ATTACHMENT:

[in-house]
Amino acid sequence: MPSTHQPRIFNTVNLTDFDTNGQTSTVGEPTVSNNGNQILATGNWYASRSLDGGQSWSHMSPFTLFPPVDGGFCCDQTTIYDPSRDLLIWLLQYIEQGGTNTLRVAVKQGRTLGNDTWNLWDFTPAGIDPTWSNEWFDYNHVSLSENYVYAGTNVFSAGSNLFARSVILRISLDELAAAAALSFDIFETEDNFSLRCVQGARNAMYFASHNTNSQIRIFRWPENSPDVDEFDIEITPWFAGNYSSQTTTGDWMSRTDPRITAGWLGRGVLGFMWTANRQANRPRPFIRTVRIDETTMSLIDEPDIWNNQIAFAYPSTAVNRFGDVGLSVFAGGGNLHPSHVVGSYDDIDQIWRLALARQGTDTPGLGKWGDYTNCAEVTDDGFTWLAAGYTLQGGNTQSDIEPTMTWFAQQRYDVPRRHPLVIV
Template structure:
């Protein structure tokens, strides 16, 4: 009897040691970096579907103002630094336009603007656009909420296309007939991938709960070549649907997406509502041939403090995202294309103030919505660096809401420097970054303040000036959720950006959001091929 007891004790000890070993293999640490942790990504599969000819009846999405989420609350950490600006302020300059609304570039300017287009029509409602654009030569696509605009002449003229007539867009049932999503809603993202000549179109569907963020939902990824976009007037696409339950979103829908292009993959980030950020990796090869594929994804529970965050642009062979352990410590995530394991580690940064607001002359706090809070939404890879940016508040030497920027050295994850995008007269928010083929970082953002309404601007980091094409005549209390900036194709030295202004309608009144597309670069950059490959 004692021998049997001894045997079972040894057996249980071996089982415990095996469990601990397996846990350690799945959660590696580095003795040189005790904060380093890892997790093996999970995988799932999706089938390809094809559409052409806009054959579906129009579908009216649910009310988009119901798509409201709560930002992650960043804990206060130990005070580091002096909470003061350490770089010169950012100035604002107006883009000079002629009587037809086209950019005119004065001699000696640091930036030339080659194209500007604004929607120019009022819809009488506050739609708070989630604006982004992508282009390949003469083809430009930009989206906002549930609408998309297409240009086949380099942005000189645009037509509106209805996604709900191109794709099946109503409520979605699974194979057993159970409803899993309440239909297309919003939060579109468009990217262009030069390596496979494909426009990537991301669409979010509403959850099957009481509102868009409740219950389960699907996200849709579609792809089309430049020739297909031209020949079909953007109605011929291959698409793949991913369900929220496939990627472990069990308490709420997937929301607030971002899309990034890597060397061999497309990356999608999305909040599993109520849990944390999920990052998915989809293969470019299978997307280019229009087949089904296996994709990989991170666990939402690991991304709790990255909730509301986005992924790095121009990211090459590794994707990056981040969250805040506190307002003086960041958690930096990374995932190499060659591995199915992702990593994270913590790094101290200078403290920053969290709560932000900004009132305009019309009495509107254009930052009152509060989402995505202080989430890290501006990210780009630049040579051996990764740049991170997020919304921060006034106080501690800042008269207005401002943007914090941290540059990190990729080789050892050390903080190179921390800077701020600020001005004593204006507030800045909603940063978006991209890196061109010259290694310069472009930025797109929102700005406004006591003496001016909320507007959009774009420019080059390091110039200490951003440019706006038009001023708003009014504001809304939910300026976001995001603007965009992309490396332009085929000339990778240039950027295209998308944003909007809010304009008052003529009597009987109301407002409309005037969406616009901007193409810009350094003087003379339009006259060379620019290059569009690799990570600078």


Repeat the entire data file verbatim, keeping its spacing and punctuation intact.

[in-house]
Amino acid sequence: MPSTHQPRIFNTVNLTDFDTNGQTSTVGEPTVSNNGNQILATGNWYASRSLDGGQSWSHMSPFTLFPPVDGGFCCDQTTIYDPSRDLLIWLLQYIEQGGTNTLRVAVKQGRTLGNDTWNLWDFTPAGIDPTWSNEWFDYNHVSLSENYVYAGTNVFSAGSNLFARSVILRISLDELAAAAALSFDIFETEDNFSLRCVQGARNAMYFASHNTNSQIRIFRWPENSPDVDEFDIEITPWFAGNYSSQTTTGDWMSRTDPRITAGWLGRGVLGFMWTANRQANRPRPFIRTVRIDETTMSLIDEPDIWNNQIAFAYPSTAVNRFGDVGLSVFAGGGNLHPSHVVGSYDDIDQIWRLALARQGTDTPGLGKWGDYTNCAEVTDDGFTWLAAGYTLQGGNTQSDIEPTMTWFAQQRYDVPRRHPLVIV
Template structure:
């Protein structure tokens, strides 16, 4: 009897040691970096579907103002630094336009603007656009909420296309007939991938709960070549649907997406509502041939403090995202294309103030919505660096809401420097970054303040000036959720950006959001091929 007891004790000890070993293999640490942790990504599969000819009846999405989420609350950490600006302020300059609304570039300017287009029509409602654009030569696509605009002449003229007539867009049932999503809603993202000549179109569907963020939902990824976009007037696409339950979103829908292009993959980030950020990796090869594929994804529970965050642009062979352990410590995530394991580690940064607001002359706090809070939404890879940016508040030497920027050295994850995008007269928010083929970082953002309404601007980091094409005549209390900036194709030295202004309608009144597309670069950059490959 004692021998049997001894045997079972040894057996249980071996089982415990095996469990601990397996846990350690799945959660590696580095003795040189005790904060380093890892997790093996999970995988799932999706089938390809094809559409052409806009054959579906129009579908009216649910009310988009119901798509409201709560930002992650960043804990206060130990005070580091002096909470003061350490770089010169950012100035604002107006883009000079002629009587037809086209950019005119004065001699000696640091930036030339080659194209500007604004929607120019009022819809009488506050739609708070989630604006982004992508282009390949003469083809430009930009989206906002549930609408998309297409240009086949380099942005000189645009037509509106209805996604709900191109794709099946109503409520979605699974194979057993159970409803899993309440239909297309919003939060579109468009990217262009030069390596496979494909426009990537991301669409979010509403959850099957009481509102868009409740219950389960699907996200849709579609792809089309430049020739297909031209020949079909953007109605011929291959698409793949991913369900929220496939990627472990069990308490709420997937929301607030971002899309990034890597060397061999497309990356999608999305909040599993109520849990944390999920990052998915989809293969470019299978997307280019229009087949089904296996994709990989991170666990939402690991991304709790990255909730509301986005992924790095121009990211090459590794994707990056981040969250805040506190307002003086960041958690930096990374995932190499060659591995199915992702990593994270913590790094101290200078403290920053969290709560932000900004009132305009019309009495509107254009930052009152509060989402995505202080989430890290501006990210780009630049040579051996990764740049991170997020919304921060006034106080501690800042008269207005401002943007914090941290540059990190990729080789050892050390903080190179921390800077701020600020001005004593204006507030800045909603940063978006991209890196061109010259290694310069472009930025797109929102700005406004006591003496001016909320507007959009774009420019080059390091110039200490951003440019706006038009001023708003009014504001809304939910300026976001995001603007965009992309490396332009085929000339990778240039950027295209998308944003909007809010304009008052003529009597009987109301407002409309005037969406616009901007193409810009350094003087003379339009006259060379620019290059569009690799990570600078």